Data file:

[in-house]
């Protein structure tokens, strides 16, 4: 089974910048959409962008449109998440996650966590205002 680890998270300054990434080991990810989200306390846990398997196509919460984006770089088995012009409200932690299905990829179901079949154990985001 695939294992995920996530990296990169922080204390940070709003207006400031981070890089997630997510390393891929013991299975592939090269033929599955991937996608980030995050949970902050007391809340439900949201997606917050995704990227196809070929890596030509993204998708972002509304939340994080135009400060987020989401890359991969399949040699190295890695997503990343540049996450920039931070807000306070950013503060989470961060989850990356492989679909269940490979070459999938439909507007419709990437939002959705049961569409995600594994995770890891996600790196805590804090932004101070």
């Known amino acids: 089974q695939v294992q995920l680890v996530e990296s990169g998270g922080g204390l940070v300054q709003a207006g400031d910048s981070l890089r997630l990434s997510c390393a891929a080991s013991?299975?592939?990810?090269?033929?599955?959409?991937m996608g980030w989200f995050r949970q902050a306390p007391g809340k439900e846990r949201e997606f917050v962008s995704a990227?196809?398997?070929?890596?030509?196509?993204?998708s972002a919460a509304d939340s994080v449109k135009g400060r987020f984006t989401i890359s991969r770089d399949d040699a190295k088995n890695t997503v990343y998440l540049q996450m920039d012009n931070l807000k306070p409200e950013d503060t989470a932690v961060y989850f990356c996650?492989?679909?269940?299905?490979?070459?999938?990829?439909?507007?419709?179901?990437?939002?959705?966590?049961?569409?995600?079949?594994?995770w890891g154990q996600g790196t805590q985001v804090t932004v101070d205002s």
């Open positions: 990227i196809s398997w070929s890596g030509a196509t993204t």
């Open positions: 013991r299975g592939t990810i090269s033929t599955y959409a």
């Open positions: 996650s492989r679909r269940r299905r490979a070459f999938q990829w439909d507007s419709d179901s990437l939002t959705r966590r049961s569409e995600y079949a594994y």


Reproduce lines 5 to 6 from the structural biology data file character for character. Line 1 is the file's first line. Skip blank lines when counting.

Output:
């Open positions: 013991r299975g592939t990810i090269s033929t599955y959409a």
């Open positions: 996650s492989r679909r269940r299905r490979a070459f999938q990829w439909d507007s419709d179901s990437l939002t959705r966590r049961s569409e995600y079949a594994y």